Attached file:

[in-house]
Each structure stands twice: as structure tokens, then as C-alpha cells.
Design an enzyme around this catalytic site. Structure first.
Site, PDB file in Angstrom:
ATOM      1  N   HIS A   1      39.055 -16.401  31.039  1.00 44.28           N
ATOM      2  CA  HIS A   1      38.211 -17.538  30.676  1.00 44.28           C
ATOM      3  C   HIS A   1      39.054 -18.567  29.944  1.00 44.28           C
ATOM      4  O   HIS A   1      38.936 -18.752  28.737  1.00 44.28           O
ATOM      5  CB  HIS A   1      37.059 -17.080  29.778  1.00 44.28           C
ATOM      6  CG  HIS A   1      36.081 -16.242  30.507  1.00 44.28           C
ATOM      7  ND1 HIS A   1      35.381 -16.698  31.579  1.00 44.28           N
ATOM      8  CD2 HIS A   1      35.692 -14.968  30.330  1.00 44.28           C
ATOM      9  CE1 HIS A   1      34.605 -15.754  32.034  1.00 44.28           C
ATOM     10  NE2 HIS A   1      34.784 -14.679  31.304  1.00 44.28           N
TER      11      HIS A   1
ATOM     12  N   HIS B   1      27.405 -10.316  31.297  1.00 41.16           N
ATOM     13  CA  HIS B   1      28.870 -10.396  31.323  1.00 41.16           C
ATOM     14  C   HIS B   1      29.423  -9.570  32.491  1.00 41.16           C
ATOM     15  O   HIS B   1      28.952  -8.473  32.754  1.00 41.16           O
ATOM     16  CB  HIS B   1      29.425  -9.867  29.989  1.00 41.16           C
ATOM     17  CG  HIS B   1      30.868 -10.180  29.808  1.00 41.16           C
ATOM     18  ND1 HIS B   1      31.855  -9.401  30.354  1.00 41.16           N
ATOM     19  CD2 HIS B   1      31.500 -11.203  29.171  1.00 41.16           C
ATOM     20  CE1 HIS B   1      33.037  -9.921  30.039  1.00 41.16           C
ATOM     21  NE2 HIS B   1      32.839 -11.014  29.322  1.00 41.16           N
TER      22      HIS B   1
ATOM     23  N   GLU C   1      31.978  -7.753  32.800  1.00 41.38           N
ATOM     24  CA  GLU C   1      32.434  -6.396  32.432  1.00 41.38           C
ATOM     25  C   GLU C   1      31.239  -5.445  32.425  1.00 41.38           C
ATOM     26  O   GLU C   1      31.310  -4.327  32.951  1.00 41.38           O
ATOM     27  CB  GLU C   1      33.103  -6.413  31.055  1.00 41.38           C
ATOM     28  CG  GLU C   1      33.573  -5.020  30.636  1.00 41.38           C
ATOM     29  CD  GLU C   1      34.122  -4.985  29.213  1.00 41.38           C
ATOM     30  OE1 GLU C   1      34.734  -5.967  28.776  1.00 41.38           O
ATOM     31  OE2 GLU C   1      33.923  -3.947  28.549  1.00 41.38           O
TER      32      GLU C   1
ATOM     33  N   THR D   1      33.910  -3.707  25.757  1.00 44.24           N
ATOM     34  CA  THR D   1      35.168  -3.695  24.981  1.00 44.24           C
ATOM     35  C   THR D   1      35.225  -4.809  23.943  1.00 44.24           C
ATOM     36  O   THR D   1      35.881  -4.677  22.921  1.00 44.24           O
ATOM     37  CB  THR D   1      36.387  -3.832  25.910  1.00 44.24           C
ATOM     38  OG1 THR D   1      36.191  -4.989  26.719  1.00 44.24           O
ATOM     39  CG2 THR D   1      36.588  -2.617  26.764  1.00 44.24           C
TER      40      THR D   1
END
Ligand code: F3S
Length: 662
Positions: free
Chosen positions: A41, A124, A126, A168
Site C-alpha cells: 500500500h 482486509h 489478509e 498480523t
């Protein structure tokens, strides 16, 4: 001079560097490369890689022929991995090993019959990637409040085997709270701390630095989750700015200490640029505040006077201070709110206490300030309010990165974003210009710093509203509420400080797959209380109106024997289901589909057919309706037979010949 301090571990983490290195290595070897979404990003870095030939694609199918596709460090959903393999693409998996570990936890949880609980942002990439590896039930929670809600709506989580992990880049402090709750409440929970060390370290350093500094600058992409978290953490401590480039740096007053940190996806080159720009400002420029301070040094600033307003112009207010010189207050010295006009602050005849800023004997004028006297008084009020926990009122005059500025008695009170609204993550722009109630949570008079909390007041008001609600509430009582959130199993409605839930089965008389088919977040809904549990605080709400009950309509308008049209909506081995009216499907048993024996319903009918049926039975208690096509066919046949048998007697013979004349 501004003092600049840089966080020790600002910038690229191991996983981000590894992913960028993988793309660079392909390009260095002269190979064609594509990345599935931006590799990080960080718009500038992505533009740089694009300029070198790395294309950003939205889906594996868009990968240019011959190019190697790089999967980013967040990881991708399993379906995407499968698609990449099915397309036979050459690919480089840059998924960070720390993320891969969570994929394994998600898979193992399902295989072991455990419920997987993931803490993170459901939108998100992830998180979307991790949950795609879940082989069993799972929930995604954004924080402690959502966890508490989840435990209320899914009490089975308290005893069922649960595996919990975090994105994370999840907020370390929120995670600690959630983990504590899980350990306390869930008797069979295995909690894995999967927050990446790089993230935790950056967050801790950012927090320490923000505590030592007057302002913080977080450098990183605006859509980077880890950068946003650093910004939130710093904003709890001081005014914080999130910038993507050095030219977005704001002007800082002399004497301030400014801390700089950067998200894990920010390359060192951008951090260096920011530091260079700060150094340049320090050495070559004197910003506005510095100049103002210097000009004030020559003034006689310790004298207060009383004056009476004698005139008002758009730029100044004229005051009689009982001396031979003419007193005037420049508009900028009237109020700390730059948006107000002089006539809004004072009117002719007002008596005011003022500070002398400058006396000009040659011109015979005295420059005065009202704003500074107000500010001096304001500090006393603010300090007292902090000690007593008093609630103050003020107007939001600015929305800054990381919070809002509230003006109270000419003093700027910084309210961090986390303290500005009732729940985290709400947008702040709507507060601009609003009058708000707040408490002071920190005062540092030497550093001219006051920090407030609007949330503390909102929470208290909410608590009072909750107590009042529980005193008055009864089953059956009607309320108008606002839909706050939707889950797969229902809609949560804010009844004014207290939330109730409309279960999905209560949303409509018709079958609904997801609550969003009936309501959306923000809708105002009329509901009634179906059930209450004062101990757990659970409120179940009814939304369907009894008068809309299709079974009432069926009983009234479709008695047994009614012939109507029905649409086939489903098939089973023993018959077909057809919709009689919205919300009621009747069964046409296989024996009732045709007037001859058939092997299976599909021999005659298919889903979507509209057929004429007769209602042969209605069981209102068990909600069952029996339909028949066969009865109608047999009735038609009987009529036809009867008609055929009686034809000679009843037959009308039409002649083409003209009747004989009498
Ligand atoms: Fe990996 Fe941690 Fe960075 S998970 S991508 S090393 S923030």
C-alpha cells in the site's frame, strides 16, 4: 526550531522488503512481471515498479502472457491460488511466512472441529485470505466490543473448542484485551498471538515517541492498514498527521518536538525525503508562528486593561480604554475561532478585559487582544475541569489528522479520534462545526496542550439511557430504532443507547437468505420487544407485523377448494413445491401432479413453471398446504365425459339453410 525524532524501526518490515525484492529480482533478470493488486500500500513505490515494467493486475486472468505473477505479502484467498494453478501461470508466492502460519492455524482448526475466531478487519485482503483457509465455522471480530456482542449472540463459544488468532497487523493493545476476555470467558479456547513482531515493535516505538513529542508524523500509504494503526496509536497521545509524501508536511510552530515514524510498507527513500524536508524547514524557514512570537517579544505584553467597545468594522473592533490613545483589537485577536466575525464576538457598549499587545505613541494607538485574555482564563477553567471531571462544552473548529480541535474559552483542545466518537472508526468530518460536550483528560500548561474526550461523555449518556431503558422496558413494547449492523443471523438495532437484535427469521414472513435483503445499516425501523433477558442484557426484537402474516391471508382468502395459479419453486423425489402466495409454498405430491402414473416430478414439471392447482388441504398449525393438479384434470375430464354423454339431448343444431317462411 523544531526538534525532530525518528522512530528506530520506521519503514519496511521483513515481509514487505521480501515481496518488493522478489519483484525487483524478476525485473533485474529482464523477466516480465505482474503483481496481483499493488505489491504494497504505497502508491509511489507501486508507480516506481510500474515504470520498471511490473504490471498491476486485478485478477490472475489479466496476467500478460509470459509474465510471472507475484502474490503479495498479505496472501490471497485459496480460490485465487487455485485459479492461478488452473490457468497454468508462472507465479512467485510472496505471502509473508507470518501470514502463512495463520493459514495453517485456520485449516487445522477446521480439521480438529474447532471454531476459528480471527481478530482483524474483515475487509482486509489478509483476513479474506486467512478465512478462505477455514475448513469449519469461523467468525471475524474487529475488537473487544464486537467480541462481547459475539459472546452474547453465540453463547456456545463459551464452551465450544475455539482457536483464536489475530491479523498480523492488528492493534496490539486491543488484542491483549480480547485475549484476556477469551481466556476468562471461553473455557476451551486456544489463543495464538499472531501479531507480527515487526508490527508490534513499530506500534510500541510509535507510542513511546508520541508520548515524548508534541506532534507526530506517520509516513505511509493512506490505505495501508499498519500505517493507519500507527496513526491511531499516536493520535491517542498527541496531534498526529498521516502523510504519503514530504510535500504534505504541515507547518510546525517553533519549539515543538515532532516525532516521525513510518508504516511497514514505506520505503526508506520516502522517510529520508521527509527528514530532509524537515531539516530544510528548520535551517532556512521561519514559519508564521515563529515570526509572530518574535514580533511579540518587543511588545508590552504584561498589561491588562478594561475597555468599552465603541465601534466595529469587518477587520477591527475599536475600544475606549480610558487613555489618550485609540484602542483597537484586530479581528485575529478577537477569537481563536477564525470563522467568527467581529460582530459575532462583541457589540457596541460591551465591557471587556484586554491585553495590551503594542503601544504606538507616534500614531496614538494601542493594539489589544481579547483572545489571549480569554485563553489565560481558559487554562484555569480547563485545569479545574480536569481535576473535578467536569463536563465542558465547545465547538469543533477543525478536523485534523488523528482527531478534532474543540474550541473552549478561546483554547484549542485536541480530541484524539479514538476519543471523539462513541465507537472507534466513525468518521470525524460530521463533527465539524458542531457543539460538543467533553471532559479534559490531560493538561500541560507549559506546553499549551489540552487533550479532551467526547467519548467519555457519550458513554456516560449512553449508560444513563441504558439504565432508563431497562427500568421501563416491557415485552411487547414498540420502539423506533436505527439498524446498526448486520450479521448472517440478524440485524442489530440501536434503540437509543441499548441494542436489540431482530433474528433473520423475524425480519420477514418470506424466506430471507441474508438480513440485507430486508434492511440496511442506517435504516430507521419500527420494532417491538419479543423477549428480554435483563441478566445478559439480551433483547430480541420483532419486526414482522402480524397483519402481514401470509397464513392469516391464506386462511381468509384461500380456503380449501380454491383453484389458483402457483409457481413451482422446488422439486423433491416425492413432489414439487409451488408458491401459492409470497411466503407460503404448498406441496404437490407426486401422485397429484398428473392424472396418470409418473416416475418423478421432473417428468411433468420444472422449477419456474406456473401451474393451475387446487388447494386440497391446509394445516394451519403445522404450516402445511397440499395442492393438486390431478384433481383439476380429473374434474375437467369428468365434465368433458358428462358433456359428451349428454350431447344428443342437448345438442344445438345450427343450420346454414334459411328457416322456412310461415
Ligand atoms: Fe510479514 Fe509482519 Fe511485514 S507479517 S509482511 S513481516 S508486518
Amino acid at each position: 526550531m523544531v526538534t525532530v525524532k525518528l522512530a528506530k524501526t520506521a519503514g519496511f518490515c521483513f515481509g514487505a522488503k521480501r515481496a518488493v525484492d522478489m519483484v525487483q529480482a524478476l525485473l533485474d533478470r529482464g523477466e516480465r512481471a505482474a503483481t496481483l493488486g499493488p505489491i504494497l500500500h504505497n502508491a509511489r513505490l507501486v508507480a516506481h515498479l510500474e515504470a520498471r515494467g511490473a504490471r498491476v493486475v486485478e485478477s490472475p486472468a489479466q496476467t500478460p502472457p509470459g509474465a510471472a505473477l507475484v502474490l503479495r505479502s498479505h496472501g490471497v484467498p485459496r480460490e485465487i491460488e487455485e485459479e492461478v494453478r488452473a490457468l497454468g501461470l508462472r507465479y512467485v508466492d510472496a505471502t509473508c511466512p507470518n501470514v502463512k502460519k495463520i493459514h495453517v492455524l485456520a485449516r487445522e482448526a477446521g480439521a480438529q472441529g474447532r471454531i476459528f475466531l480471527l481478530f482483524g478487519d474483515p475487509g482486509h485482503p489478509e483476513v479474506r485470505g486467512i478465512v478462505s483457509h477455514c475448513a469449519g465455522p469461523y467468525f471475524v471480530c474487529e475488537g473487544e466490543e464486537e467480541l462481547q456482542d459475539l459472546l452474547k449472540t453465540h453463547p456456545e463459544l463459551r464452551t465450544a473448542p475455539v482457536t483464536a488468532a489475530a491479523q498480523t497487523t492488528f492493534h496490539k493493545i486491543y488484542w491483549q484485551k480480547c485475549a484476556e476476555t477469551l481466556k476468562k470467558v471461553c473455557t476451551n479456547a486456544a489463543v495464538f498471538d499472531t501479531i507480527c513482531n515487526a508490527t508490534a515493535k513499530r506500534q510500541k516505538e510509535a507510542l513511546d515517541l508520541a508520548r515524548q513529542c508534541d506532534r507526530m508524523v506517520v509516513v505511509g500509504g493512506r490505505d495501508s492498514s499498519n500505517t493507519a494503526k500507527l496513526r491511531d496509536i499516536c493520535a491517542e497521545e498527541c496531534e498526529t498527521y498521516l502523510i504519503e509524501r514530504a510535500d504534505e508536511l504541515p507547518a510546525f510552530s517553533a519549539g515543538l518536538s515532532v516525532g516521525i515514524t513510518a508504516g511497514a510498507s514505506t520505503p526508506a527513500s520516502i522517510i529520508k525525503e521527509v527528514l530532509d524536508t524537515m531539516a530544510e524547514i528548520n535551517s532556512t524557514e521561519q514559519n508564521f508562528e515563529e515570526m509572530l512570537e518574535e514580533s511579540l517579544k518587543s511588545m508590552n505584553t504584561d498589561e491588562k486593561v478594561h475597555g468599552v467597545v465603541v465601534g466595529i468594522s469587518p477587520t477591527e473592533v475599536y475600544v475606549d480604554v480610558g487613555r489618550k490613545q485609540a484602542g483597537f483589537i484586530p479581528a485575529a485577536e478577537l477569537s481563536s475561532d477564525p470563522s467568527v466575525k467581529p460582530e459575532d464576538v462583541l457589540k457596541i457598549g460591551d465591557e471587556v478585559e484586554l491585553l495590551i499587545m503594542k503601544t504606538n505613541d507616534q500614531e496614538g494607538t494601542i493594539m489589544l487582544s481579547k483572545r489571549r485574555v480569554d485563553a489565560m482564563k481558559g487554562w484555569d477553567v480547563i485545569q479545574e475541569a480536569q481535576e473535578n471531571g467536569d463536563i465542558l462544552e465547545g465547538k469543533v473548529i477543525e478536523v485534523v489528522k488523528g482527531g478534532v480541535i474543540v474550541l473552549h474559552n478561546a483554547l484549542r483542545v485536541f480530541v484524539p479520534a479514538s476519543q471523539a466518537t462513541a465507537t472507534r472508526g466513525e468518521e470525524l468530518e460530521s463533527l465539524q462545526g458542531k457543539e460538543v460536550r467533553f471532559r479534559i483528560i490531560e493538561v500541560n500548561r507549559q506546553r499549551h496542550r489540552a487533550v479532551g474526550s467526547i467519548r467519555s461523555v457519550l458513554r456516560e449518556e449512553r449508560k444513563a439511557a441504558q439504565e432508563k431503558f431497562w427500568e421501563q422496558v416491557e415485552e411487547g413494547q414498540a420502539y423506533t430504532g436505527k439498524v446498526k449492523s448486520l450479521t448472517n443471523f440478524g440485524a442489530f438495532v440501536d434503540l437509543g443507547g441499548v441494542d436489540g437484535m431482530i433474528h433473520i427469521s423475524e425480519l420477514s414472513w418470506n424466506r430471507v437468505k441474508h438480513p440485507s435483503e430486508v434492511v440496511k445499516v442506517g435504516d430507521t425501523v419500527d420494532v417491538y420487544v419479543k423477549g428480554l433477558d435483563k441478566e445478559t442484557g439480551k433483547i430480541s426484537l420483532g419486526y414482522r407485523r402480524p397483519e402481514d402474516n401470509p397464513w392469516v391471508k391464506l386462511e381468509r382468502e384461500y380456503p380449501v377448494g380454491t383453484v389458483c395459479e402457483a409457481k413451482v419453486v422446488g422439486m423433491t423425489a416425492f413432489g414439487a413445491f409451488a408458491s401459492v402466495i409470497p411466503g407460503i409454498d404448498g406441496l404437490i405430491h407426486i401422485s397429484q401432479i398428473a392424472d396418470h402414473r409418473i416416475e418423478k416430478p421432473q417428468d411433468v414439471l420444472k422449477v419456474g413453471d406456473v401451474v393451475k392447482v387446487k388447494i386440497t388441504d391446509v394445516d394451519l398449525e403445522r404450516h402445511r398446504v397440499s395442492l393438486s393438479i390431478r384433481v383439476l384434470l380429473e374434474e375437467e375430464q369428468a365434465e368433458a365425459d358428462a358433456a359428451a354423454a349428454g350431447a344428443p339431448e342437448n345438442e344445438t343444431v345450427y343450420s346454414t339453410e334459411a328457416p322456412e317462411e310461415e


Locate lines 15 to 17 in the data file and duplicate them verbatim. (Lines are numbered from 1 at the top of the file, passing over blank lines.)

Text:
TER      11      HIS A   1
ATOM     12  N   HIS B   1      27.405 -10.316  31.297  1.00 41.16           N
ATOM     13  CA  HIS B   1      28.870 -10.396  31.323  1.00 41.16           C